Monday, January 31, 2011

Arctic Explorers and a Wishy Washy Runner

First, the wishy-washy runner.

A month or so ago when I decided to downplay my ambitions and sign up for the 100K rather than the 100 Miler at the New Jersey Ultra Festival, I was greatly relieved. We were right on the cusp of the most busy crazy-busy time of the year at our house.

My husband, Brian, is the coach of the robotics team at his high school, and January/February is the Build Season. They have 6 weeks to build the perfect robot. This means nights and weekends at school for Brian and his team. This makes it tough for me to get in my runs.

Another factor: swim season. Two of our kids, Nell and Simon are on the local swim team and they practice most evenings. Simon, who just turned 8, practices for an hour 3 times per week, and I help coach those practices. Nell, who is 9, goes just about every night for 2 hours. She is a bit of an endorphin junkie like her mom. ("I just love swimming. It clears my head.")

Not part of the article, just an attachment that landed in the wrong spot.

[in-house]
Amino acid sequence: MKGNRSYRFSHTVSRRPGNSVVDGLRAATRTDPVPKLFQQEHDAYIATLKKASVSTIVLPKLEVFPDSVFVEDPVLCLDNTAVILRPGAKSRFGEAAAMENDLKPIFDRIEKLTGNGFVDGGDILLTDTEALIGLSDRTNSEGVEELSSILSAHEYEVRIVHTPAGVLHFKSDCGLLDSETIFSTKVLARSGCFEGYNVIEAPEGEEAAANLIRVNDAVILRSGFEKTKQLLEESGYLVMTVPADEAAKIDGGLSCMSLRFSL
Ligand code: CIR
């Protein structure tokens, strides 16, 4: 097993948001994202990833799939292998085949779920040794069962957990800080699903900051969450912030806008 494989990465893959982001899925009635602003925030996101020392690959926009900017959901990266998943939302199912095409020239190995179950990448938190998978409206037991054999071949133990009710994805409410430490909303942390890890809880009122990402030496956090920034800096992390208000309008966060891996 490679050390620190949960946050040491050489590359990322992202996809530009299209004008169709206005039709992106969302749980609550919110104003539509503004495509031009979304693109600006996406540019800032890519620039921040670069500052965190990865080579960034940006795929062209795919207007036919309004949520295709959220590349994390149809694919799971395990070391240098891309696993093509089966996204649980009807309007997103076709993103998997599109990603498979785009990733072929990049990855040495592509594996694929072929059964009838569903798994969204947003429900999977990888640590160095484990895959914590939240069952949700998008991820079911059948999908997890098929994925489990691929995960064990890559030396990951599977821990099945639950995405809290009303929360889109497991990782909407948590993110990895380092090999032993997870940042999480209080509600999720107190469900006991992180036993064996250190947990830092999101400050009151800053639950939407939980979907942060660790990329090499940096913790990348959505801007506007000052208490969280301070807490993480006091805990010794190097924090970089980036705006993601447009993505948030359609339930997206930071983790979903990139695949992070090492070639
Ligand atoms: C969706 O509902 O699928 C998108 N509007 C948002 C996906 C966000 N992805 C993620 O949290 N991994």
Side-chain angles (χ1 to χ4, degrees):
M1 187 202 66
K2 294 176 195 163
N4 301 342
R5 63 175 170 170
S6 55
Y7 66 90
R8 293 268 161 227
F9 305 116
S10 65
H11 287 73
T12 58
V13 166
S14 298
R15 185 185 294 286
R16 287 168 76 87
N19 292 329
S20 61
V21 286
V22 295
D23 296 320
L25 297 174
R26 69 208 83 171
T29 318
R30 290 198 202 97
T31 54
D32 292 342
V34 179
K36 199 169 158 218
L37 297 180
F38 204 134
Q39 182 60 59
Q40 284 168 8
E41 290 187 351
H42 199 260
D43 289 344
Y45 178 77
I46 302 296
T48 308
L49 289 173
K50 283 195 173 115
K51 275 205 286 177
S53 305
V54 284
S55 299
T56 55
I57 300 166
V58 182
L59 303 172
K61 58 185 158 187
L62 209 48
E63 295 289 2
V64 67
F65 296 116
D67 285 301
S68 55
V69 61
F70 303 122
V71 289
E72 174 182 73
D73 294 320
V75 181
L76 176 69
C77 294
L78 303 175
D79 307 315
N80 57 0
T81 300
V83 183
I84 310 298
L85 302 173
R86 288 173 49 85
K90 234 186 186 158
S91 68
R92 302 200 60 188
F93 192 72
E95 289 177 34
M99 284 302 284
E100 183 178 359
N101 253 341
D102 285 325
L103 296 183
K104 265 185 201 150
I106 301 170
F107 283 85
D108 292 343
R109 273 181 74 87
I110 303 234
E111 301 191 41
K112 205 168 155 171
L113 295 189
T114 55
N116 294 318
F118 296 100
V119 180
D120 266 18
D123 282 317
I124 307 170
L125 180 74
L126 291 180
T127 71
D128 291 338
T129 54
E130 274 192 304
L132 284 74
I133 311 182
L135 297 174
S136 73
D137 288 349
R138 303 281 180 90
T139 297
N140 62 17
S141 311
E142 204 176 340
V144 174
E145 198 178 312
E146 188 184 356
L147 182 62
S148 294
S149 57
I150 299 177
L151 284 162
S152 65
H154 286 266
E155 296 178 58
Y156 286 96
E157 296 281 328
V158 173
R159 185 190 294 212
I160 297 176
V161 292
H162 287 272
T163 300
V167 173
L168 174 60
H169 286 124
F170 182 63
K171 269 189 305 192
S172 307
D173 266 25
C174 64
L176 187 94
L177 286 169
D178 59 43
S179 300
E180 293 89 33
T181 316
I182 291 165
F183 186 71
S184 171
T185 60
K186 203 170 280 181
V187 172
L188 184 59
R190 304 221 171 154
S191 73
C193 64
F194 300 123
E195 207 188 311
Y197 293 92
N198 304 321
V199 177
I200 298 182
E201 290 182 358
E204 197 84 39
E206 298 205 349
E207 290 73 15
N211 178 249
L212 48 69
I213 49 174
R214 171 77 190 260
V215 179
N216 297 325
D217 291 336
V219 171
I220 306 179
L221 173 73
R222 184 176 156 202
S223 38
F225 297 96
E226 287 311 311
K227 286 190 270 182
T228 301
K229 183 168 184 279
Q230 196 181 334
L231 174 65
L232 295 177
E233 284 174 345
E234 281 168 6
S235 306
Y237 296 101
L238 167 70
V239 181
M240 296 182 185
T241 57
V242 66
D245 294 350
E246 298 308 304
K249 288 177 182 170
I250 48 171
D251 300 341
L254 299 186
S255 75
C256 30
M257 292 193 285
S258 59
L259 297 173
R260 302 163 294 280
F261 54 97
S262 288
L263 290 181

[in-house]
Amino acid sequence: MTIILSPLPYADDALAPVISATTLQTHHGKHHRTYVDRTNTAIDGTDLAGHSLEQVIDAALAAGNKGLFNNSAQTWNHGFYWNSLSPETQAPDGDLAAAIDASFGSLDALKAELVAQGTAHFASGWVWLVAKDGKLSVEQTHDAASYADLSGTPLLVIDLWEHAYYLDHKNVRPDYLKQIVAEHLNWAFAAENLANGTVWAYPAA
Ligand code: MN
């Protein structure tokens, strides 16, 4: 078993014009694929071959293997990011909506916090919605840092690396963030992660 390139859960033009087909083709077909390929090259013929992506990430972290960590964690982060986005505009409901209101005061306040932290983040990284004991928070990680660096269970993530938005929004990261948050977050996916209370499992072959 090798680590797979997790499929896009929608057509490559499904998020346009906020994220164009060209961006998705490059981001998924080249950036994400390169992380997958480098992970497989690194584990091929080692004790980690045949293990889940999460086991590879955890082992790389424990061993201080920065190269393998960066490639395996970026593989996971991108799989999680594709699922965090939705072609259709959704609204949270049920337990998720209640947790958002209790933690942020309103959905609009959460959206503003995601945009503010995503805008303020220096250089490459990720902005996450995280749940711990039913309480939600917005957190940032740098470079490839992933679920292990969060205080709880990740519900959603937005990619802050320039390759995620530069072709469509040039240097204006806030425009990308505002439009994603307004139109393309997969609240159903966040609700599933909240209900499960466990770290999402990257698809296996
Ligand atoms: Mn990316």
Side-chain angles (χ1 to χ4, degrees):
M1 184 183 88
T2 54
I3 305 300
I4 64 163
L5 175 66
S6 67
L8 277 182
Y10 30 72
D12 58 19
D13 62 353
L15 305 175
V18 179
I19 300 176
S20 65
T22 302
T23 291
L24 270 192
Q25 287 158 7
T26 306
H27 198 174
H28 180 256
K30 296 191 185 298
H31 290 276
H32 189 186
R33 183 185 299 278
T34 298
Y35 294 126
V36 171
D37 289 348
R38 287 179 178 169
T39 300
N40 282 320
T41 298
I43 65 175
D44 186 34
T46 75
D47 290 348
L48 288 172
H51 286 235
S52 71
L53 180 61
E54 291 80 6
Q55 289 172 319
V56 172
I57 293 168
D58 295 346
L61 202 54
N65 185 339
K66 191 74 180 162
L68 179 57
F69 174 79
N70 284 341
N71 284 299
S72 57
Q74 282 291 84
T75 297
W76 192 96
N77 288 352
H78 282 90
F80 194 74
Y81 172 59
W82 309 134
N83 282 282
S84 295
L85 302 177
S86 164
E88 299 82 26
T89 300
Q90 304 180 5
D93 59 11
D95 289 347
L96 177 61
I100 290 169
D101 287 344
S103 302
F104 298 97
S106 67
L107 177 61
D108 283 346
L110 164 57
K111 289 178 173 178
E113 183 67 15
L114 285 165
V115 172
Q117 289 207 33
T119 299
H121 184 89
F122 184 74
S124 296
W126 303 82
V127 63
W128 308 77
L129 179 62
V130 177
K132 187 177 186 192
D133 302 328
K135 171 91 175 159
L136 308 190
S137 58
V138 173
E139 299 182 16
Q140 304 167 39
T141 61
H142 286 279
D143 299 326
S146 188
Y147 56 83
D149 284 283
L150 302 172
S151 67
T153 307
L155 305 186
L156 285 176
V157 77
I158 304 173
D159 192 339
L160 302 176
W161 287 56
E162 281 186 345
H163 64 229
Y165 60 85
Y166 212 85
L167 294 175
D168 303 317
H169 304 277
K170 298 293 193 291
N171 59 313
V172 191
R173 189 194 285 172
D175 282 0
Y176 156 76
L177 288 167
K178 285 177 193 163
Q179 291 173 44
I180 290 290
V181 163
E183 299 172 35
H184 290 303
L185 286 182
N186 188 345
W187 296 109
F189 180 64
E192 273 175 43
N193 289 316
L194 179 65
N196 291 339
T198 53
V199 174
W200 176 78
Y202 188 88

And the third: I just took an a writing job with doing one weekly column and two monthly columns. I love this job, but it keeps me busy. And gets me up at 4 every morning, because this is the only time I can get a guaranteed block of quiet.

So, I thought they'd be no way to train for a 100-miler on top of all of that.

Weirdly, it turns out I was mostly wrong. My 4 a.m. rising schedule has given me the time to get out and run every morning. And now that my kids are a bit bigger, I can often drop them off at their various home school classes and sometimes get a second run in during the afternoon or evening.